Focused on planning for software projects, this IEEE presentation by Keith Ciocco explains some of the key components of a successful estimation process. This is a summary level view focusing on the importance of leveraging historical data, sizing, and measuring productivity when estimating at the organizational and project level. This presentation includes a demonstration of the SLIM Suite of tools to show how we can automate and streamline the estimation process.
Beginning with the release of SLIM-Suite v8.1, two new SLIM-Estimate solution methods were added to let you see what a “typical” project would look like: that is, the resources it would require, based upon historical projects from either the QSM database or your own. The two methods are:
- Solve from Trends Wizard
- Trend Based Solution
SLIM-Estimate provides several different ways to solve the software production equation and produce an estimate. The solution method you select depends upon the information you have available. The traditional methods, known as Quick Estimate Wizard and Detailed Method, take inputs of Size and Productivity (PI), and calculate Effort and Time. The Solve for Size Wizard, perfect for time-boxed estimates, takes inputs of Time, Effort, and PI, and determines the amount of functionality that combination of resources can produce.
The trend solutions require only one input – Size. Using the specified Primary Trend Group, Time and Effort are read from the average trend line and productivity (PI) is calculated. These methods extend the capabilities of producing a defensible project estimates very early in the life cycle. You can determine the feasibility of project goals, assess risk, and manage stakeholder expectations even if all you can estimate is a relative application size, expressed as a “T-shirt” or bin size, as shown in the figure below.
When an organization wants to proactively manage their software activities from inception through development and sustainment, an enterprise software estimation or acquisition Center of Excellence (COE) is a great solution. A significant portion of our professional services business at QSM is helping companies design and stand up enterprise COE operations.
There are three main components to a successful COE implementation. They are:
- People – Finding people with the right characteristics and developing their skills;
- Business Processes – developing the right business processes to support decision making; and
- Tools – Acquiring and configuring analytical tools to support the business processes.
Our clients often ask us to identify the best characteristics and skills for a person that they plan to staff into a COE. We went back and looked at our most successful implementations, and here is what we found.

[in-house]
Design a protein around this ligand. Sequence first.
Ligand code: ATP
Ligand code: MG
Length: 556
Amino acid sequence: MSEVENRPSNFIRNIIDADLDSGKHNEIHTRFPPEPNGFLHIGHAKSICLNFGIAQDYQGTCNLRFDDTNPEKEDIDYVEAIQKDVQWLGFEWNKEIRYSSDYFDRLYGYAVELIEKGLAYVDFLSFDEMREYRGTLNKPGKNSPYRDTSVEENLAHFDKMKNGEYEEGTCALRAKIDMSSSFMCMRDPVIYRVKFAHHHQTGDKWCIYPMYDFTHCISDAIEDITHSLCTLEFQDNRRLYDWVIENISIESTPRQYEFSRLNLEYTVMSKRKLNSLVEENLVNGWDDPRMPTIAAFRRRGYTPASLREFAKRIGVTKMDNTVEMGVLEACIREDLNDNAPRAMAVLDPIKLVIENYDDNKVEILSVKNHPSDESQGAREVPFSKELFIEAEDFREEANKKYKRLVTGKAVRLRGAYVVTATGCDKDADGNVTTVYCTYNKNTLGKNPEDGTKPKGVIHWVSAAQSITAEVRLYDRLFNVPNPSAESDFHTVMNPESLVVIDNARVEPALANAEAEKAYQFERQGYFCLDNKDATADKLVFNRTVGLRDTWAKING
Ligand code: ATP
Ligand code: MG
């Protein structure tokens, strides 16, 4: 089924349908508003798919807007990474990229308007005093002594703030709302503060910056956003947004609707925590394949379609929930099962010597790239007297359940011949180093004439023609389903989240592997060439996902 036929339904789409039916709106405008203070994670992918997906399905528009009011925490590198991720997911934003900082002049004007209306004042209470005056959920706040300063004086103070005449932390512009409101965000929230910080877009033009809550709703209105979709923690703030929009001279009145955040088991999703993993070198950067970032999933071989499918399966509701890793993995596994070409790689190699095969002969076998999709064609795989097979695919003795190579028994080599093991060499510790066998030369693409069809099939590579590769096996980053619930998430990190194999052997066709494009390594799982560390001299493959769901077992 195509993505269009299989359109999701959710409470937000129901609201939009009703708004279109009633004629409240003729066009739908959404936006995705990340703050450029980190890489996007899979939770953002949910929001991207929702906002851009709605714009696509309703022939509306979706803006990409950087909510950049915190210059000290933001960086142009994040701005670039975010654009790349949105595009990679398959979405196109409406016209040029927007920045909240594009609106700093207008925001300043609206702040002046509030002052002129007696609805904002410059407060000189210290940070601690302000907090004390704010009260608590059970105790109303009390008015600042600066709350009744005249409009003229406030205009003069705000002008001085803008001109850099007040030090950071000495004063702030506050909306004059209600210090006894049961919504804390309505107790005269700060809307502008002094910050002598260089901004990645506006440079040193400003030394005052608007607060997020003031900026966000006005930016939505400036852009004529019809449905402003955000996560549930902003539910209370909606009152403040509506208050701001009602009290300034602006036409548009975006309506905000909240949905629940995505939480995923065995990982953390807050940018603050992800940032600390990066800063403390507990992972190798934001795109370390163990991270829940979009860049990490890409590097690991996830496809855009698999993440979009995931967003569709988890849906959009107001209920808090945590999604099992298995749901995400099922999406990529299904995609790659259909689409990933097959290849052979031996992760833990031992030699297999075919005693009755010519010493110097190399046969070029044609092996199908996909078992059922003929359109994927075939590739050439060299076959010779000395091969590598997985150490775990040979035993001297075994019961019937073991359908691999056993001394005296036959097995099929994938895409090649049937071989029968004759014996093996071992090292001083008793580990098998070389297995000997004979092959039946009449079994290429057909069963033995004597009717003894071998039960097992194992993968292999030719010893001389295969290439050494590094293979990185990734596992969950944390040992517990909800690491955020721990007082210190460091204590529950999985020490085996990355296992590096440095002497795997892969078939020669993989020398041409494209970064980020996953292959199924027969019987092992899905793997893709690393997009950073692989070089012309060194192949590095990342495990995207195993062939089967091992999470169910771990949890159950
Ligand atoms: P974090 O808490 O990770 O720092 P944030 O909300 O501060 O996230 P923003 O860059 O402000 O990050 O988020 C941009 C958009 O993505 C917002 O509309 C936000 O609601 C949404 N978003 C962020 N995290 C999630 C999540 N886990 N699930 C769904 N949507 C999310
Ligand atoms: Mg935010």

Ideal Enterprise COE Skill Set:
Software size, the amount of functionality in a given software release, is arguably the most important of the five core metrics of software estimation. There is little point in tracking effort, duration, productivity and quality if you are unable to quantify what you are building.
Yet, despite its critical importance, software sizing is often a difficult concept for many to understand and use properly in the estimation process. Sometimes a picture is better than 1,000 words. With that ideal of visual simplicity in mind, we developed a software sizing infographic that helps explain:
- Why we care about size
- Challenges in sizing
- When size should be measured during the software development life cycle (SDLC) to narrow the cone of uncertainty
- The difference between functional and technical size
- The most popular sizing methods and when to use them
The infographic begins by introducing the five core metrics of software estimation (size (scope), schedule (duration), effort (cost), quality (defects) and productivity) and the nonlinear relationship between them.
At QSM, we have one of the largest industry databases in the world of completed software projects. The data comes from our clients with their permission and this data has been the backbone of our software estimation business for over 35 years. We can see what is reasonable on software development projects as it relates to cost, team size, effort, duration, size, and reliability. Because of our experience we are often asked about risk factors and estimation accuracy early in the project lifecycle. We explain that increased accuracy comes with having historical data and good sizing information.
But what happens on the early estimates when clients don’t have history and detailed sizing information? Can they still generate scope level estimates so they can make good business decisions? The answer is yes. Risk management techniques can be applied and project uncertainty can be calculated so organizations can plan effectively. This is very important because big business decisions are often made early. Decision-makers need to know if they should move forward with a project and they need to know how much time and effort to allocate.